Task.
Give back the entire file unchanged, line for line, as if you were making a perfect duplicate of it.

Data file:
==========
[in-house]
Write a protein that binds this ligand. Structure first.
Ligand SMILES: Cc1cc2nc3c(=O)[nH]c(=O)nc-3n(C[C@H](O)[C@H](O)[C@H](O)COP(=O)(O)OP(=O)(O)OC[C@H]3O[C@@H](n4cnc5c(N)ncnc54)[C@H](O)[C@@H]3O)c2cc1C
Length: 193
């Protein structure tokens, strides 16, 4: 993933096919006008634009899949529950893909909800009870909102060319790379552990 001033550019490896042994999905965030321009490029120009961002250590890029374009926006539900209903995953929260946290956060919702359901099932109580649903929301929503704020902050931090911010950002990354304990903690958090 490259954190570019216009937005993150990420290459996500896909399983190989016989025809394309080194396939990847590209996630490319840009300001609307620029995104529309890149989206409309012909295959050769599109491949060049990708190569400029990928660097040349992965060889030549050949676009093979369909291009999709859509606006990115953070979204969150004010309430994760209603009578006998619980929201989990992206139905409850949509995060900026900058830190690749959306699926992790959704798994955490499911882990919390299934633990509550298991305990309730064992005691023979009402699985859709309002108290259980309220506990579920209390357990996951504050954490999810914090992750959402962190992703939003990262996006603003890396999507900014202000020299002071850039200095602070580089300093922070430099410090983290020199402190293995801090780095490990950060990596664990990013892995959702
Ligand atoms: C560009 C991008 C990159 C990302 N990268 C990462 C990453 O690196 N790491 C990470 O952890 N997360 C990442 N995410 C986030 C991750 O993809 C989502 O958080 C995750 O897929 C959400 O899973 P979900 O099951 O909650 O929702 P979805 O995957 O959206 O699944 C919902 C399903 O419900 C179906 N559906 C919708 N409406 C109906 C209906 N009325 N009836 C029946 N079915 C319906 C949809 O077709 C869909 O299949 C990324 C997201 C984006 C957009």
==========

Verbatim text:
[in-house]
Write a protein that binds this ligand. Structure first.
Ligand SMILES: Cc1cc2nc3c(=O)[nH]c(=O)nc-3n(C[C@H](O)[C@H](O)[C@H](O)COP(=O)(O)OP(=O)(O)OC[C@H]3O[C@@H](n4cnc5c(N)ncnc54)[C@H](O)[C@@H]3O)c2cc1C
Length: 193
């Protein structure tokens, strides 16, 4: 993933096919006008634009899949529950893909909800009870909102060319790379552990 001033550019490896042994999905965030321009490029120009961002250590890029374009926006539900209903995953929260946290956060919702359901099932109580649903929301929503704020902050931090911010950002990354304990903690958090 490259954190570019216009937005993150990420290459996500896909399983190989016989025809394309080194396939990847590209996630490319840009300001609307620029995104529309890149989206409309012909295959050769599109491949060049990708190569400029990928660097040349992965060889030549050949676009093979369909291009999709859509606006990115953070979204969150004010309430994760209603009578006998619980929201989990992206139905409850949509995060900026900058830190690749959306699926992790959704798994955490499911882990919390299934633990509550298991305990309730064992005691023979009402699985859709309002108290259980309220506990579920209390357990996951504050954490999810914090992750959402962190992703939003990262996006603003890396999507900014202000020299002071850039200095602070580089300093922070430099410090983290020199402190293995801090780095490990950060990596664990990013892995959702
Ligand atoms: C560009 C991008 C990159 C990302 N990268 C990462 C990453 O690196 N790491 C990470 O952890 N997360 C990442 N995410 C986030 C991750 O993809 C989502 O958080 C995750 O897929 C959400 O899973 P979900 O099951 O909650 O929702 P979805 O995957 O959206 O699944 C919902 C399903 O419900 C179906 N559906 C919708 N409406 C109906 C209906 N009325 N009836 C029946 N079915 C319906 C949809 O077709 C869909 O299949 C990324 C997201 C984006 C957009």